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Full Of Sap – Cheyenne Whitetree

Warnell is like a tree. Rooted in UGA’s South Campus, we have a rich history that makes me proud of where Warnell has stemmed. The trunk is comprised of a great support system of faculty and staff that make it easy for students to reach our full potential. The branches, a vast network of professionals and alumni, reach across the United States. Finally, the fruit is the students, comfortably nested within four buildings and filling with knowledge before being dropped and dispersed far and wide.Sapelo field trip

The link between us and trees is definitely not a new thing. After all, we were originally a school just for forestry. In the student lounge resides one of my favorite things in all of Warnell (besides the wood paneling) – the student donor tree. Every time a class graduates, leaves are added to the tree with the name of a student who donated a portion of their senior signature back to the school that provided them with so much more than an education. Soon, my name will be written on a leaf and added to the wall like so many students before me. This tree symbolizes that even though we are gone, we never truly leave. Warnell has so many opportunities to stay involved even after graduation that even though students are gone, they are not forgotten.

Ambassador CompetitionWhen I look back at my college career, it is not defined by the large core classes, the struggle of organic chemistry, or the long walks from Creswell to anywhere on campus. It is defined by changing my major and instantly feeling like family, “studying” at Warnell late at night with classmates who feel more like best friends, and exhausting class field trips BAtthat never go as planned. It is defined by conclave and meetings at 6am and playing with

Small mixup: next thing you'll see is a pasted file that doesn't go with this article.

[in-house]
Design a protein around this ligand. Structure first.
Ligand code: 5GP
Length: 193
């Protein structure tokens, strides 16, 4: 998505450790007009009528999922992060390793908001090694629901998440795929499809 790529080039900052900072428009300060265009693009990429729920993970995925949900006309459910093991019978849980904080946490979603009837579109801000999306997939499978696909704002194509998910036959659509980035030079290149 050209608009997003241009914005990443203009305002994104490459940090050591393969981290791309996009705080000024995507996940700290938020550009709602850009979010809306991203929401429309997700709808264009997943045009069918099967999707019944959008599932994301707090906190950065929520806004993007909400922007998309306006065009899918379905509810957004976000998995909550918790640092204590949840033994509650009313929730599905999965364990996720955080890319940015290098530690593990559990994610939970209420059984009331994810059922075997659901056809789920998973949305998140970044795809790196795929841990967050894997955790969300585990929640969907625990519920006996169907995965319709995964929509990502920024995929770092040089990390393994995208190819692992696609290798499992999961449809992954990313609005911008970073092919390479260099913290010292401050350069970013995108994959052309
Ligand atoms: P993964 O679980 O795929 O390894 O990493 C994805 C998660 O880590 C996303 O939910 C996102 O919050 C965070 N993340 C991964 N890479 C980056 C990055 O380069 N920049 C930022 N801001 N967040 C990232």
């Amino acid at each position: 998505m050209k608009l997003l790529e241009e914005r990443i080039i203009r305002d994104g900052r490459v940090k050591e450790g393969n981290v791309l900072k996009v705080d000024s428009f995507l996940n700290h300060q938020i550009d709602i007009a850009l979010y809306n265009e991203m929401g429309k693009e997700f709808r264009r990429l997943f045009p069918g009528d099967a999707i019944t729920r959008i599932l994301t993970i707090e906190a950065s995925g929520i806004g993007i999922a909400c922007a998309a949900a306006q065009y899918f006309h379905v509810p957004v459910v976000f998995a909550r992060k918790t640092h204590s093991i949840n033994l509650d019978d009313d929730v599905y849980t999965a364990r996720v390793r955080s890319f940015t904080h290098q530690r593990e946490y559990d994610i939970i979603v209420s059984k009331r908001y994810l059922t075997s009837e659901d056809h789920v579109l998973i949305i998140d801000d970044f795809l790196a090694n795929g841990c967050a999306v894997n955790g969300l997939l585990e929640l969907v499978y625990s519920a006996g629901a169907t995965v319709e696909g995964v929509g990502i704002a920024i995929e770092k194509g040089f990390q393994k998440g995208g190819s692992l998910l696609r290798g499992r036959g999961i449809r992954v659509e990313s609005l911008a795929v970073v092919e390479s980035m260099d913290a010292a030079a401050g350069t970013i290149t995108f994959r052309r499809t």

outreach animals. It is defined by flannels, waders, and bug spray. It is going to Canada to attend The Wildlife Society national conference and competing in the quiz bowl event. It is unexpectedly winning first place at Conclave for a watercolor painting I created in five minutes in the passenger seat of the van on the way there. It is tracking powdered mice through blackberry thickets and slapping spiders off of each other’s backs on a maymester. It is being freezing cold on the trip toWhitetree with fawn Sapelo and not catching anything. It is FINALLY being able to hold a bat (after my rabies vaccination, of course!). It is my summer internship at the UGA College of Veterinary Medicine caring for wildlife. It is joking about “running Warnell” because I want to be super involved, and hoping that it is actually true.

Like any senior with graduation looming over their head, I originally was in denial. I was scared of leaving and dropping off into the real world with no comfy student lounge filled with friends. But over the past few weeks, I have realized how much Warnell prepares their students, and how important it is to share Warnell with everyone who deserves to be here. Eventually, like any successful acorn, I need leave- plant my roots and flourish elsewhere. However, there is comfort in knowing Warnell is never far away, and I can always come back for grad school!

Kick Off Cookout

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